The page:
We feel as if we are there when Mamie first sees Emmett's body. It's delivered in a box, encased in a more enormous box. We can see her face as the box is cut open. Later, during another time shift, Mamie describes what she saw, the actual appearance of the body which did not match the photograph that was distributed by the newspapers. She explains that what the world saw was much better than what she saw, a statement that hangs heavily over the audience.
Act 2 focuses on the trial and the friction that developed over time between Mamie and the NAACP leader, Roy Wilkins (Jarrett Goer). Here the audience learns lesser-known details about the coverage of the murder, the investigation and the family.
This production needed more coherent direction. Act 1 is in some parts disconnected, resulting in part from some curious positioning of the actors. The Face of Emmett Till is a good script with real challenges, but the playwrights' notes offer good ideas toward responding to those challenges.
The cast, an assemblage of seasoned and developing actors, has more than enough to work with. With more skillful guidance and shaping, they could flourish and make the discoveries that would deepen the experience for them and for the audience.
At the reviewed performance, more flubbed lines, missed cues and start-overs occurred than could be ignored. The show had a hurried feel, a sense that it could have benefited from more rehearsal.
Still, there is nice work happening onstage. Justus L. Clark, a 13-year-old honors student at Bishop Dunne Catholic School, is delightful as Emmett and shows promise as an actor. He bears an uncanny resemblance to the real-life Emmett.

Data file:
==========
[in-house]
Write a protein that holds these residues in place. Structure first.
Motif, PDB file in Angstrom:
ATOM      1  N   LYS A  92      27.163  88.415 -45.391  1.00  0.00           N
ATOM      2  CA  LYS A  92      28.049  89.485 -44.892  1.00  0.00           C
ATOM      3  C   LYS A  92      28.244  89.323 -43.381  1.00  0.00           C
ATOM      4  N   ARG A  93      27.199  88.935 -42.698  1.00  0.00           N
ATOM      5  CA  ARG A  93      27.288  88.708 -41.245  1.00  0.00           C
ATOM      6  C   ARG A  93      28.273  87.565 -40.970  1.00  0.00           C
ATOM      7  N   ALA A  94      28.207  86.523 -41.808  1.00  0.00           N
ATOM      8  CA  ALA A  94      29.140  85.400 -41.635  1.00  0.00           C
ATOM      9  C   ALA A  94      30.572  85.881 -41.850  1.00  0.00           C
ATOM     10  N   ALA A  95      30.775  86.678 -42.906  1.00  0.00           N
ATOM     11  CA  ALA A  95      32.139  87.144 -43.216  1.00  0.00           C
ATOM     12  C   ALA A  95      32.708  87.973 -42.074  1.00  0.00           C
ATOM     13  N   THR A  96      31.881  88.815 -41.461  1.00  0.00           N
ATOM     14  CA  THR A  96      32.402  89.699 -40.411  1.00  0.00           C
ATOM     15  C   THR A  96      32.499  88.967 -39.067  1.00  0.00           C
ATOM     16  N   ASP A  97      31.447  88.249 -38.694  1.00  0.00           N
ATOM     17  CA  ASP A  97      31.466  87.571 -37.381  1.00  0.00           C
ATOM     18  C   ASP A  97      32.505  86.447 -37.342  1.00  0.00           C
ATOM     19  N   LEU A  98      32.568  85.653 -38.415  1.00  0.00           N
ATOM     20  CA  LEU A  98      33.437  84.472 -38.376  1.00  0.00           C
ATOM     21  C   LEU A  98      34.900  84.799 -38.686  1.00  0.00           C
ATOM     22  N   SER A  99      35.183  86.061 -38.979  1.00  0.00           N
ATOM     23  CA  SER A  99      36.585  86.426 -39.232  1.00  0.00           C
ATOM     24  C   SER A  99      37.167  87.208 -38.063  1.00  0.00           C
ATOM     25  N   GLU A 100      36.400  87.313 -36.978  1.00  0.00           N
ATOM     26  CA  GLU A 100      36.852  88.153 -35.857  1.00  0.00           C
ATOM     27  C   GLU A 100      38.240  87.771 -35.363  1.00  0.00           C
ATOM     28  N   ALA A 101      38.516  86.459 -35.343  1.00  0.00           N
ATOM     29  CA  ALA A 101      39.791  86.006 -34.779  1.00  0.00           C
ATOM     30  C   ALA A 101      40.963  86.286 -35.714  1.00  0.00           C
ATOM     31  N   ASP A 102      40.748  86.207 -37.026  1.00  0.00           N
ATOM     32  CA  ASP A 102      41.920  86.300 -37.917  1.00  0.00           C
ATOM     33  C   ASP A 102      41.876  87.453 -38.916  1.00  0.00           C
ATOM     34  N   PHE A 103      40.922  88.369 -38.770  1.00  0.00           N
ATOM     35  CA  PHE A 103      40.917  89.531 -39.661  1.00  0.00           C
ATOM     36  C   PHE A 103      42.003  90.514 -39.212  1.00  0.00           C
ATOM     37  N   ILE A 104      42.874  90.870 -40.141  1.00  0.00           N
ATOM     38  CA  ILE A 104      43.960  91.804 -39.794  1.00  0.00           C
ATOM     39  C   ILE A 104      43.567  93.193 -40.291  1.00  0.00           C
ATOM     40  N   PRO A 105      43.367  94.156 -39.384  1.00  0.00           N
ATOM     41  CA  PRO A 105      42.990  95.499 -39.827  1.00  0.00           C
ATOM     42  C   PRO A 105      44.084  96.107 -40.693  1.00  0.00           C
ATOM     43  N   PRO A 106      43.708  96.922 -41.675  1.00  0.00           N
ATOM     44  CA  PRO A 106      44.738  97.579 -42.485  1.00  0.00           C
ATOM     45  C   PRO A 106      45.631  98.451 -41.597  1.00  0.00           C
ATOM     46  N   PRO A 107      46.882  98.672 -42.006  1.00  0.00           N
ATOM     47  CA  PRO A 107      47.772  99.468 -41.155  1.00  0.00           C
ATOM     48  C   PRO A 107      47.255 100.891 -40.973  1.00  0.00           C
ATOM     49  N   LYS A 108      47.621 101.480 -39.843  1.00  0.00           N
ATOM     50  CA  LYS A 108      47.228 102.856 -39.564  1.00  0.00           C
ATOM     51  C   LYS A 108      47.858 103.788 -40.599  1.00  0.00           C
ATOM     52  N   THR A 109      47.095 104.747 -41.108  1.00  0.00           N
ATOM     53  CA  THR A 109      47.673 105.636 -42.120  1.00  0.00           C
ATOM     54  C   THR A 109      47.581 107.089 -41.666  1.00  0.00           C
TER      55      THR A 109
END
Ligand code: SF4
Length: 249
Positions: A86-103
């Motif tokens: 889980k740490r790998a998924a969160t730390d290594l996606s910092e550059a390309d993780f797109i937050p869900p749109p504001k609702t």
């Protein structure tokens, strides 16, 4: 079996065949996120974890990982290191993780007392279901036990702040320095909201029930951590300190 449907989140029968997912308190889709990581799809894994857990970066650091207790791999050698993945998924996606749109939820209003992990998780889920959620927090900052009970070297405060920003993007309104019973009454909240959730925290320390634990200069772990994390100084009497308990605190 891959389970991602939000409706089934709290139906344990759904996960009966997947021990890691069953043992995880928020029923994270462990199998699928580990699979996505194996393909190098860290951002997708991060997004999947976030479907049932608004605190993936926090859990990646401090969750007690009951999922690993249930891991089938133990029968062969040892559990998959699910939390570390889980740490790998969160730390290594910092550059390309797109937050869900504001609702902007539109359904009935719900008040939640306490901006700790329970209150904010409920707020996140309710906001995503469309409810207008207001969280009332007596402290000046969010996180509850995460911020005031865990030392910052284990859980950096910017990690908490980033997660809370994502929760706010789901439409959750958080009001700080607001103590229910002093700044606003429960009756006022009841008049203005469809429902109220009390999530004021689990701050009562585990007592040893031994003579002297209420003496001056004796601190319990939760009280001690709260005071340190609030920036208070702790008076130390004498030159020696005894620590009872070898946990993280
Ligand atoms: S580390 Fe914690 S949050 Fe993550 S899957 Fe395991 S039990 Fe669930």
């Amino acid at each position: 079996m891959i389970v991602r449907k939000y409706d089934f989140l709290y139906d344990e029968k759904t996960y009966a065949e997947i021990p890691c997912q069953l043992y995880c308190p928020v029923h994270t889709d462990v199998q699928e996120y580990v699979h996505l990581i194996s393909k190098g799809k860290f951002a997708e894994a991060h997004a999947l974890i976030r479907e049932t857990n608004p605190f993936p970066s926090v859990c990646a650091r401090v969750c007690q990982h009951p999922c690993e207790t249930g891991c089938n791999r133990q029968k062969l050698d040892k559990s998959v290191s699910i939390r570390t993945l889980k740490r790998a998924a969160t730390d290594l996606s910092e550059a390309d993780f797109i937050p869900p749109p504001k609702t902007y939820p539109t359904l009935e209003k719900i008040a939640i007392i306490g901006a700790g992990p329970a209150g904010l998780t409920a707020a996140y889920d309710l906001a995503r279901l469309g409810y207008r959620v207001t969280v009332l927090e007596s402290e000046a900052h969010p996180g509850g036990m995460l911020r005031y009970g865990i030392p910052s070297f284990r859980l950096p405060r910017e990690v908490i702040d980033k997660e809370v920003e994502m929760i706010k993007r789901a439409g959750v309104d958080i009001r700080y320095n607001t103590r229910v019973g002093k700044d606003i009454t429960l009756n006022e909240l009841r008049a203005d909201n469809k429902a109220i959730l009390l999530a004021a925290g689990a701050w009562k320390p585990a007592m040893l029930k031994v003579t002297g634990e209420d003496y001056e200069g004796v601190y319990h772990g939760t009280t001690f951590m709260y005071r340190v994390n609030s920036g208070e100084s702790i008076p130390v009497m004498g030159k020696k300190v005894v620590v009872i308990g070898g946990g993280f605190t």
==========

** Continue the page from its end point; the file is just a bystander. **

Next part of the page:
Kahlil Donovan convinces as Willie Reed, the black man who witnessed the murder and agreed to testify at the trial of the two white men accused of the crime. Seated centerstage in a straight-backed chair with only a handkerchief as a prop, Donovan effectively creates a sense of feeling very small inside an event that was very big.
With more time and guidance, Jarrett Goer could have achieved a performance in which his control matched his wonderful energy and exuberance. Sherry Hurnes was halting at first, but grew more confident as the play progressed. Her inflection and tone synced with her delivery of perhaps the most potent line in the scritp: "When a child dies he disappears into the blank pages of his potential."
TeCo Theatrical Productions is boldly unapologetic in its commitment to creating a space for plays written by women, new works and works that stimulate the audience intellectually. Glitches aside, through TeCo and the playwrights, Emmett Till's legacy has been earnestly refreshed, his story retold in a way that only a mother could have done.
» Note: Co-writer David Barr III will be at the performances on Oct. 31 and Nov. 1.